LGBTQIA+ service provides open talks for community and allies

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Colleen McFawn said the name for True North Coaching Services was inspired by the idea that life is an adventure and when one is seeking their “true north” they’re seeking their true self. Courtesy Colleen McFawn

Amid the COVID-19 pandemic, Grand Rapids resident Colleen McFawn found herself inspired by her own life experiences to create a safe space for members of the LGBTQ community.

She formed True North Coaching Services (TNCS) in October 2020 and has since expanded to provide an outlet for members and allies of the LGBTQ community. With her creative partner Ashley Whitehurst, McFawn opened a safe space for people to ask questions, be educated and talk.

TNCS allows any question to be asked, even if the person asking the question is afraid it may be seen as offensive.

McFawn said one of the reasons she started this company is because this is a resource she wished was around when she was younger. Now a member of the LGBTQ community, she came out in 2013.

“I didn’t know who to talk to about things if there was a service where I could just ask questions one on one with someone,” she said of her experience coming out. “I thought, I don’t really know, I don’t think I need psychology, I don’t think I need counseling, but I just have questions, and I need someone to help me answer those.”

TNCS started with just one-on-one coaching sessions, which eventually evolved into the LGBTQIA+ Compass Series, a four-week series that covers every letter in the LGBTQIA+ acronym with a group of people who signed up.

The first week covers lesbian, gay, and bisexual (LGB), the second week covers transgender and queer (TQ), the third week covers intersex, asexual and everything included in the plus (IA+), and the fourth week covers the history of Pride. Customers can pick and choose which sessions they would like to attend. Along with covering certain letters from the acronym, each series also has an overarching topic like health disparities, stereotypes and generational differences.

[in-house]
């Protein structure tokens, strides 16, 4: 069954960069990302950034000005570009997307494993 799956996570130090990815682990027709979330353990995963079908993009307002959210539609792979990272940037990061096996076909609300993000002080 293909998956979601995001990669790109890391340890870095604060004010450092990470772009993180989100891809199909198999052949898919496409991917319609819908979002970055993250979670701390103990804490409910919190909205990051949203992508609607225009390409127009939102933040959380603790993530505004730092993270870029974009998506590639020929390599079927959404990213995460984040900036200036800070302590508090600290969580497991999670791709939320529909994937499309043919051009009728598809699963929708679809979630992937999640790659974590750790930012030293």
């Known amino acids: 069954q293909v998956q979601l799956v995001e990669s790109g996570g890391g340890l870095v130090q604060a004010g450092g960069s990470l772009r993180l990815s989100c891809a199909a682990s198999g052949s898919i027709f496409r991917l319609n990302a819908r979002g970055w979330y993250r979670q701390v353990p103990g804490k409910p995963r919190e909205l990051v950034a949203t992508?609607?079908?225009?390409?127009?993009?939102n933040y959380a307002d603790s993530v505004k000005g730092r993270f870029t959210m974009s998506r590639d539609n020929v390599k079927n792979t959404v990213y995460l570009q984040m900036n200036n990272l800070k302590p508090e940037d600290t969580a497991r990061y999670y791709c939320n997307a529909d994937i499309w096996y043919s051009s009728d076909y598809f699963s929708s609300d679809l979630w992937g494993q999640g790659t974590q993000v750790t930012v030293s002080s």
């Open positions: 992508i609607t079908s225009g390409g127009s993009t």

“The cool part is I’ve had a lot of people who just come to the T and the Q, and then they’re like ‘What does the IA+ stand for?’ so they also sign up for the next week,” McFawn said.

She said the name for True North Coaching Services was inspired by the idea that life is an adventure and when one is seeking their “true north” they’re seeking their true self, so TNCS is a way for seeking clarity and seeking one’s true self.

McFawn added the tagline for the company is “Get Your Bearings” so people can figure out where they’re at, where they want to go and what they want to learn. The name for the LGBTQIA+ Compass Series falls underneath the same umbrella.

“I want to help you navigate the community,” McFawn said. “Am I an expert? No, but I am a tour guide that is willing to answer questions and have conversations.”

Before forming her company, she went to film school and eventually became an occupational therapist, which is where she had the first idea for what would eventually become True North Coaching Services.

“When people found out that I was part of the LGBT community, everybody had a lot of questions,” McFawn said of her work as an OT. “It was just kind of a lightbulb moment, and I don’t think it was until furlough that I really had a chance to sit and think about what I want to do in this world.”

“When someone’s been in an accident, someone was born with a condition or whatever it is that they come to me for, I help them be more independent (as an occupational therapist). Sometimes our sexual identity, gender identity or whatever we’re questioning can have barriers because we don’t feel like we can be our full independent selves in every environment. My training has helped me to hone that craft and find the value in everyday life and everyday people.”

A Rochester Hills native, McFawn has lived in multiple places around the U.S. and Canada, worked in the arts and sciences and worked for big corporations and small private companies.

True North Coaching Services has the opportunity to be a part of Michigan’s new implicit bias training that is required for all health care workers to receive their state licensure. The “Implicit Bias Training” session is available on TNCS’s website. The session includes two contact hours with a certificate of completion that meets the current required training criteria.

Starting TNCS has come with several new opportunities for McFawn, including signing a contract with David’s Bridal, where she’ll be a part of its Pride Speaker Series and will be able to speak on ways to be an ally to the community.

McFawn advised those struggling with their identity to find someone you trust to talk about it.

“Find someone that you think is safe and start talking. Start to find communities out there so you don’t feel as alone, start doing something other than just sitting with it,” she said.

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